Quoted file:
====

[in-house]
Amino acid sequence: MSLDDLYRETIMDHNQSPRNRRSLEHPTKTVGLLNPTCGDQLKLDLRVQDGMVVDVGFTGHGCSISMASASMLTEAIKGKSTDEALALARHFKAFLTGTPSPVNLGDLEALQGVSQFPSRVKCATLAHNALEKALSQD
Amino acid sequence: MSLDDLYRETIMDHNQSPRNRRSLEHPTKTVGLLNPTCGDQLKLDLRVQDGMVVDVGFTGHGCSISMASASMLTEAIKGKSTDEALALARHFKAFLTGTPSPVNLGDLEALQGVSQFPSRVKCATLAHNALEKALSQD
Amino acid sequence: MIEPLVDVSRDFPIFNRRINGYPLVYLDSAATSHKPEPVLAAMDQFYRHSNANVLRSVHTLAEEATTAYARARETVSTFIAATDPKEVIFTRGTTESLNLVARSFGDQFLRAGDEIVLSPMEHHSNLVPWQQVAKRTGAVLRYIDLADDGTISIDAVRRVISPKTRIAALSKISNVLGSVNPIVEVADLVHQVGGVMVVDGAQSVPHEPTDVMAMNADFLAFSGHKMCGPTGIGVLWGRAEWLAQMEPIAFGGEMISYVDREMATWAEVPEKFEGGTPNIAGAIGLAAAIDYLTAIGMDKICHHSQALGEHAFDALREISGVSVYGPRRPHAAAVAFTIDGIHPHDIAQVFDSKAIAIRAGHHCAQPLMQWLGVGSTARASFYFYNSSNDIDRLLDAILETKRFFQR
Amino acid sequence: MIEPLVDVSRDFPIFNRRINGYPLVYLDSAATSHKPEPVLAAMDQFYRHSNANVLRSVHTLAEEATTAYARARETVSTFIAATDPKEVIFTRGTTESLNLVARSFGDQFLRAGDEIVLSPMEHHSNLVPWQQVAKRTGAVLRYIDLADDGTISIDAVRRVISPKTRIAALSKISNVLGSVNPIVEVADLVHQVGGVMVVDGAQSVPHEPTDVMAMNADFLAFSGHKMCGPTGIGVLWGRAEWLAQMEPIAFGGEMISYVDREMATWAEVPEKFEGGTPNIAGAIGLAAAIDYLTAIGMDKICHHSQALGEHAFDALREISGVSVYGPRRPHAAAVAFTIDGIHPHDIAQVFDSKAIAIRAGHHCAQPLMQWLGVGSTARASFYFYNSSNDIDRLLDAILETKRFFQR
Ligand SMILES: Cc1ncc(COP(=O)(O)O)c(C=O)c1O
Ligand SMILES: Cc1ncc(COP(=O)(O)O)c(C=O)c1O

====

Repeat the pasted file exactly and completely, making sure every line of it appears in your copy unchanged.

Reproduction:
[in-house]
Amino acid sequence: MSLDDLYRETIMDHNQSPRNRRSLEHPTKTVGLLNPTCGDQLKLDLRVQDGMVVDVGFTGHGCSISMASASMLTEAIKGKSTDEALALARHFKAFLTGTPSPVNLGDLEALQGVSQFPSRVKCATLAHNALEKALSQD
Amino acid sequence: MSLDDLYRETIMDHNQSPRNRRSLEHPTKTVGLLNPTCGDQLKLDLRVQDGMVVDVGFTGHGCSISMASASMLTEAIKGKSTDEALALARHFKAFLTGTPSPVNLGDLEALQGVSQFPSRVKCATLAHNALEKALSQD
Amino acid sequence: MIEPLVDVSRDFPIFNRRINGYPLVYLDSAATSHKPEPVLAAMDQFYRHSNANVLRSVHTLAEEATTAYARARETVSTFIAATDPKEVIFTRGTTESLNLVARSFGDQFLRAGDEIVLSPMEHHSNLVPWQQVAKRTGAVLRYIDLADDGTISIDAVRRVISPKTRIAALSKISNVLGSVNPIVEVADLVHQVGGVMVVDGAQSVPHEPTDVMAMNADFLAFSGHKMCGPTGIGVLWGRAEWLAQMEPIAFGGEMISYVDREMATWAEVPEKFEGGTPNIAGAIGLAAAIDYLTAIGMDKICHHSQALGEHAFDALREISGVSVYGPRRPHAAAVAFTIDGIHPHDIAQVFDSKAIAIRAGHHCAQPLMQWLGVGSTARASFYFYNSSNDIDRLLDAILETKRFFQR
Amino acid sequence: MIEPLVDVSRDFPIFNRRINGYPLVYLDSAATSHKPEPVLAAMDQFYRHSNANVLRSVHTLAEEATTAYARARETVSTFIAATDPKEVIFTRGTTESLNLVARSFGDQFLRAGDEIVLSPMEHHSNLVPWQQVAKRTGAVLRYIDLADDGTISIDAVRRVISPKTRIAALSKISNVLGSVNPIVEVADLVHQVGGVMVVDGAQSVPHEPTDVMAMNADFLAFSGHKMCGPTGIGVLWGRAEWLAQMEPIAFGGEMISYVDREMATWAEVPEKFEGGTPNIAGAIGLAAAIDYLTAIGMDKICHHSQALGEHAFDALREISGVSVYGPRRPHAAAVAFTIDGIHPHDIAQVFDSKAIAIRAGHHCAQPLMQWLGVGSTARASFYFYNSSNDIDRLLDAILETKRFFQR
Ligand SMILES: Cc1ncc(COP(=O)(O)O)c(C=O)c1O
Ligand SMILES: Cc1ncc(COP(=O)(O)O)c(C=O)c1O